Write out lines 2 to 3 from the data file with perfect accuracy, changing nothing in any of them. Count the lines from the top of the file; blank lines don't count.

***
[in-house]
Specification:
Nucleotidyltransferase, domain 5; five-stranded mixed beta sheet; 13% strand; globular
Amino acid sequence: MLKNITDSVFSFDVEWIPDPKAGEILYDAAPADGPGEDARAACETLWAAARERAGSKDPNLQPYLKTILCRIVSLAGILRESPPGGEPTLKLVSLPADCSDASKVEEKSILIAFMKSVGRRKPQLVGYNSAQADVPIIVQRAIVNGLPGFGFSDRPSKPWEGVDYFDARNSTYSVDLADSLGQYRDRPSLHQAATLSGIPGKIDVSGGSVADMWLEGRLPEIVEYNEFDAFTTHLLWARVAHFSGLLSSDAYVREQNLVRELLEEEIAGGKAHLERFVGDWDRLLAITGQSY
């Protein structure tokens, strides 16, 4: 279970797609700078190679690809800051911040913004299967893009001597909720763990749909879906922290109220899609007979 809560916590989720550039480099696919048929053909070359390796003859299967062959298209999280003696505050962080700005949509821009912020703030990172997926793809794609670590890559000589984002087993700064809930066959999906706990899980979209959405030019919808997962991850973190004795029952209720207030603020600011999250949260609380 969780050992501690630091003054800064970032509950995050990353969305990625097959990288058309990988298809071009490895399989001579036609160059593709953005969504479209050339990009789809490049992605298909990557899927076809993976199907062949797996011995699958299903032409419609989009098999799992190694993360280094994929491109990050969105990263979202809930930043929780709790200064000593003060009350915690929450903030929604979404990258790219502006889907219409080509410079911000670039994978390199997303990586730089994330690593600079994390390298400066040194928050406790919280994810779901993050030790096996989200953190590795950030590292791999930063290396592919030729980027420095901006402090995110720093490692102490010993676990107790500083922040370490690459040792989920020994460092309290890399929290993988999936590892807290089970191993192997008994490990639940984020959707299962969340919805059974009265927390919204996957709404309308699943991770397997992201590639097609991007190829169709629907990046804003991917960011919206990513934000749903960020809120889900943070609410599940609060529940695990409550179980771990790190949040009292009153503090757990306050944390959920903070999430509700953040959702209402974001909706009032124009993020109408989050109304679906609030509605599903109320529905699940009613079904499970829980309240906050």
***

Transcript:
Specification:
Nucleotidyltransferase, domain 5; five-stranded mixed beta sheet; 13% strand; globular